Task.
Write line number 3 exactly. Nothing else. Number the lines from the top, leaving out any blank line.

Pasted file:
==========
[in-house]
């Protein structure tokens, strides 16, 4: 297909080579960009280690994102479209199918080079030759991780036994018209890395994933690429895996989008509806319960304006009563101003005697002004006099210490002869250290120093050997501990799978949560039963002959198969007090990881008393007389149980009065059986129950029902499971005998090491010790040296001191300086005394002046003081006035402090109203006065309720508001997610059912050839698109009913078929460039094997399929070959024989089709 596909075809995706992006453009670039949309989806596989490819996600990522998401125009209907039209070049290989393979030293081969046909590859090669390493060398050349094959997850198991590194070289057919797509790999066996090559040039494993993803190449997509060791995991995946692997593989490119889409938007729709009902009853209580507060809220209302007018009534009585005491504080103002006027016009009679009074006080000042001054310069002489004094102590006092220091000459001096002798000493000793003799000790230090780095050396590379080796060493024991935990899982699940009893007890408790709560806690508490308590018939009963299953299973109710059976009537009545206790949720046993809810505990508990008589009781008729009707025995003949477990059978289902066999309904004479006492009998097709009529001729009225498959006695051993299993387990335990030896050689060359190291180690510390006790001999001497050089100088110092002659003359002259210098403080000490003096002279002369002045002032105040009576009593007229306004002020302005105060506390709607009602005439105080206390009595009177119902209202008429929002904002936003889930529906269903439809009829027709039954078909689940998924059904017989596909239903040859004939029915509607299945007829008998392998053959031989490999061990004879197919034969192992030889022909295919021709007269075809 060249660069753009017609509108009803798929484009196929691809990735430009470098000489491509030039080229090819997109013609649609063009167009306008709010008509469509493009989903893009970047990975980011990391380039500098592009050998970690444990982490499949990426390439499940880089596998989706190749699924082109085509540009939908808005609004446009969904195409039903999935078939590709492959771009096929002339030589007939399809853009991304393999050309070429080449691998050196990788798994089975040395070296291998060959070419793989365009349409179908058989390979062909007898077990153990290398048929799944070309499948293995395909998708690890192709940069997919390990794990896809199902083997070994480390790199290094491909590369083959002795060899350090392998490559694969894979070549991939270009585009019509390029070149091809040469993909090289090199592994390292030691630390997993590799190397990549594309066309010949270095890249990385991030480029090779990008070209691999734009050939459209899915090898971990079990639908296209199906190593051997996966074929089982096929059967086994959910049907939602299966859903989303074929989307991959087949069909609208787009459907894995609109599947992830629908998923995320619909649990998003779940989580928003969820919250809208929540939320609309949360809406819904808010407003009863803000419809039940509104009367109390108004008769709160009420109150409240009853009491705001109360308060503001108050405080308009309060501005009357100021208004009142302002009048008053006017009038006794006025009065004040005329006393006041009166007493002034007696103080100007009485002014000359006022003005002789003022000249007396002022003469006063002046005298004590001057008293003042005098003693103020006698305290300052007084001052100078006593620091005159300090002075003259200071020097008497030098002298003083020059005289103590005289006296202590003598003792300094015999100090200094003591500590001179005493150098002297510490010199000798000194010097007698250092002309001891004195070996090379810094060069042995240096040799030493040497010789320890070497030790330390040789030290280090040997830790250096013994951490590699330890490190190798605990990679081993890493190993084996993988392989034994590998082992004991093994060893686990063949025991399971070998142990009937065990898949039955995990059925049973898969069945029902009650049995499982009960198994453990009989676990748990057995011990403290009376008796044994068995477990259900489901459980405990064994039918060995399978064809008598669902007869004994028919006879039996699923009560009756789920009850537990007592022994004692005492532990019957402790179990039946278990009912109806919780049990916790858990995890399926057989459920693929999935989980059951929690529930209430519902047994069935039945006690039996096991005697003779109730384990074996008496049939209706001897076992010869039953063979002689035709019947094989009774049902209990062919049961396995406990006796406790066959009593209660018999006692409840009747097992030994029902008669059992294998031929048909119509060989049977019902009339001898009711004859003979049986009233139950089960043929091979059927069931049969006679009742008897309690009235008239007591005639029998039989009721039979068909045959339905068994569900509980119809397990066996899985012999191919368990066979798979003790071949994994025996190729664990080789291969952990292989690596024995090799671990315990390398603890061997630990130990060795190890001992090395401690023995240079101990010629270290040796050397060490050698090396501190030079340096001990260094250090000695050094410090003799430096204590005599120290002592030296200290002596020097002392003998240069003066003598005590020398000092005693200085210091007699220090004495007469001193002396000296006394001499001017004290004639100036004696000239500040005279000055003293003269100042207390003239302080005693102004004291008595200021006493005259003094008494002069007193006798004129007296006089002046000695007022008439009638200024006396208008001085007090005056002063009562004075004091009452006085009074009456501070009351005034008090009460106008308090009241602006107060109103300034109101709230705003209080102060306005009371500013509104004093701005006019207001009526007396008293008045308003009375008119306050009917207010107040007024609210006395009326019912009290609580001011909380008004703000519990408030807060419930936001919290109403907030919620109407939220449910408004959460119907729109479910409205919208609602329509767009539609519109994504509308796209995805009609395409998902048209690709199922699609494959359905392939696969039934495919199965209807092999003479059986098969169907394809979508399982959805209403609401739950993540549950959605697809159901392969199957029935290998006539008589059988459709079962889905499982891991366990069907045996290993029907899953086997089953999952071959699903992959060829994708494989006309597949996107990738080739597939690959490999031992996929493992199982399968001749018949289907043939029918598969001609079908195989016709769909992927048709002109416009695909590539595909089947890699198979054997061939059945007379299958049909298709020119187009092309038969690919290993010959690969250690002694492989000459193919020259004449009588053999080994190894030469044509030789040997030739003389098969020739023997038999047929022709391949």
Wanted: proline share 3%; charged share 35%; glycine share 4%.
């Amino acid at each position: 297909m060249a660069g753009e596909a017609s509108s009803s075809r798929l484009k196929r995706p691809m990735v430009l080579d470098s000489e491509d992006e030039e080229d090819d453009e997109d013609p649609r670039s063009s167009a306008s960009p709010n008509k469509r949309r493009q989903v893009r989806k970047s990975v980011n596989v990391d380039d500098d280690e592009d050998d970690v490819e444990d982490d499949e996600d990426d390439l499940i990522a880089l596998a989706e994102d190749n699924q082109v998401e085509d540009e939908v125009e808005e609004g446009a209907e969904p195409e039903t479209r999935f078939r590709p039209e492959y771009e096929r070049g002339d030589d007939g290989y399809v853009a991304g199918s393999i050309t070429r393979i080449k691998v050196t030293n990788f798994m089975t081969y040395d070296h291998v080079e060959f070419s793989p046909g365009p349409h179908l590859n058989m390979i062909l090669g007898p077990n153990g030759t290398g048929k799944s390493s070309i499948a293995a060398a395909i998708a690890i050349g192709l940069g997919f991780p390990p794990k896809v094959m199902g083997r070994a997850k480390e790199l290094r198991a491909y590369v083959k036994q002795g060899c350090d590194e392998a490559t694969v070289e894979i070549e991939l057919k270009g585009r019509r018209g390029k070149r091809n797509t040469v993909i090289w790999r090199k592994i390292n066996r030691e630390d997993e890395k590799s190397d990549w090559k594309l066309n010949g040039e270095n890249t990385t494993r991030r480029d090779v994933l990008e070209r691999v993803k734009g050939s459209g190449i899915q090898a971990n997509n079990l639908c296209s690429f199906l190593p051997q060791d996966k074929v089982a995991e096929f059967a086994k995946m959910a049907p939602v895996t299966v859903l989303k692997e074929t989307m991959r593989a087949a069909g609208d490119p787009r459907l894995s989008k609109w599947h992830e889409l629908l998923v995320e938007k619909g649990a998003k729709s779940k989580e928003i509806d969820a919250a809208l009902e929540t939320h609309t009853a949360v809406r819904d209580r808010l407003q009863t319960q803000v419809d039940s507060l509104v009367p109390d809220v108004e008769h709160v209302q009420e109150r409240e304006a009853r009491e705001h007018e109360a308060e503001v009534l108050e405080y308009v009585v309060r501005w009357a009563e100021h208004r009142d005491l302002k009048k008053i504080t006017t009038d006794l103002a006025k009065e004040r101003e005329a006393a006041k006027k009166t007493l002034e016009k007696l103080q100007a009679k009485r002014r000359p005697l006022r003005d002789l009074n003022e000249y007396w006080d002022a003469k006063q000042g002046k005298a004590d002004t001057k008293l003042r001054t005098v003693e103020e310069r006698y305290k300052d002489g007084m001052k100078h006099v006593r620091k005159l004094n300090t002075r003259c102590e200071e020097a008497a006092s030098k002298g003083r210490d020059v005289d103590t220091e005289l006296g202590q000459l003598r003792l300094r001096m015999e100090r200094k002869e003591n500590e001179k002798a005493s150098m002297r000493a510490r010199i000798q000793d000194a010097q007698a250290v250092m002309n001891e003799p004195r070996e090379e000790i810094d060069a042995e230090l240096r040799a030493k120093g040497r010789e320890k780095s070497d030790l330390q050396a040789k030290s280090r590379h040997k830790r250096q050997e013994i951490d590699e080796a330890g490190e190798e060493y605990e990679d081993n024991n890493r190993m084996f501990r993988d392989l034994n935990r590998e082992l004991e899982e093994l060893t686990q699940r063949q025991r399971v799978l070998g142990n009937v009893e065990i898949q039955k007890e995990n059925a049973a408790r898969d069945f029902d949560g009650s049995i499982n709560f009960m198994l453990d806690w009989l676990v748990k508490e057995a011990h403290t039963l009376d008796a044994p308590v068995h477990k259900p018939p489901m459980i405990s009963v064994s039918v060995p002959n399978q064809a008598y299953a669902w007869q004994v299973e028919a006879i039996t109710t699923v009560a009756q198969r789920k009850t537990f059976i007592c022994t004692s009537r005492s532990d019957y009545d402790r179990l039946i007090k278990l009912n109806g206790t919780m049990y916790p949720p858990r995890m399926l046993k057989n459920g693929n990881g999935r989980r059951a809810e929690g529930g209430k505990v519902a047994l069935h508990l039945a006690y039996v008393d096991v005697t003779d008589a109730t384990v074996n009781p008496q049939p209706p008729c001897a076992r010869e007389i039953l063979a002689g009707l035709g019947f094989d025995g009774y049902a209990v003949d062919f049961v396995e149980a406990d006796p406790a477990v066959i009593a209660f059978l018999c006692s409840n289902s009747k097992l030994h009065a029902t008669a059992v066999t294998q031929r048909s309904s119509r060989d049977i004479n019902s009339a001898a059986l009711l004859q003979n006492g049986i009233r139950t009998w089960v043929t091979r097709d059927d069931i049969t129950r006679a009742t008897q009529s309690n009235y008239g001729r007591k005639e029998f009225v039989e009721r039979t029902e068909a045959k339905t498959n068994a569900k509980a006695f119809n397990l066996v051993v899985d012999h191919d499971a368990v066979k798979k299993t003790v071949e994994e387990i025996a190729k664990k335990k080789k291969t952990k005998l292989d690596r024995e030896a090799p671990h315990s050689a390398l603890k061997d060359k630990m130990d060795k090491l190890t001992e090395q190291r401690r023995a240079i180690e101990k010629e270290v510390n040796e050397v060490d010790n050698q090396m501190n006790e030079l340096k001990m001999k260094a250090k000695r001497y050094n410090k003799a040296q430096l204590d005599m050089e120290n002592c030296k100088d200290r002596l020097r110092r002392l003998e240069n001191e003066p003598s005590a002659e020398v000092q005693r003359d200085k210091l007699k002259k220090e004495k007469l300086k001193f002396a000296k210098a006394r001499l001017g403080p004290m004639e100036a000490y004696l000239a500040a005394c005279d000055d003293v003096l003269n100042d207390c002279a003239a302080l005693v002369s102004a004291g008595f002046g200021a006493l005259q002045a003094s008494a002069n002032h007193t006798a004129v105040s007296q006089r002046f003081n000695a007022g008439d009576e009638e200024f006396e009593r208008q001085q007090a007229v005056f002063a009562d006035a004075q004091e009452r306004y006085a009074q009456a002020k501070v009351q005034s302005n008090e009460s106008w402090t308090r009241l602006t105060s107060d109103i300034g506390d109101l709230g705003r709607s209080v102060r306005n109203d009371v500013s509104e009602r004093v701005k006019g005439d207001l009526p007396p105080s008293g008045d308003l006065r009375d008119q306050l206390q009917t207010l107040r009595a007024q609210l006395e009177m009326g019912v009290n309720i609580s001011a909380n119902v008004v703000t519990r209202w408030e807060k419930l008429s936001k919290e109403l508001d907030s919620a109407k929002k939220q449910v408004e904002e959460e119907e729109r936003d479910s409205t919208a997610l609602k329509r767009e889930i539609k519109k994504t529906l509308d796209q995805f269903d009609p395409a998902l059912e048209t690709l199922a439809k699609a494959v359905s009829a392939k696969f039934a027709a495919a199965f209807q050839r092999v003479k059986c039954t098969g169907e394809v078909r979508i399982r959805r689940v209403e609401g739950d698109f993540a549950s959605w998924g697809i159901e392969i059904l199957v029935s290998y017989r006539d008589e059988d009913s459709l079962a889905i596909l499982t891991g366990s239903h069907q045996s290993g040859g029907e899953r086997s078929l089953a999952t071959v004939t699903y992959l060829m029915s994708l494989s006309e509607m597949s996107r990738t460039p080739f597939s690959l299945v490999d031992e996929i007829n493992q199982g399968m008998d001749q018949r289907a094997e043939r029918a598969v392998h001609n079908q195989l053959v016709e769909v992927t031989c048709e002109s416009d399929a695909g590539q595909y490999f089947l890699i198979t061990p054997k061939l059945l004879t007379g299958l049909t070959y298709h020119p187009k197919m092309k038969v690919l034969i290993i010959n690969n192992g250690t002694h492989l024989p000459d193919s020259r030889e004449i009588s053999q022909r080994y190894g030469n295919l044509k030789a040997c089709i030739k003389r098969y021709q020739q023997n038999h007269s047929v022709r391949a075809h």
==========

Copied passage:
Wanted: proline share 3%; charged share 35%; glycine share 4%.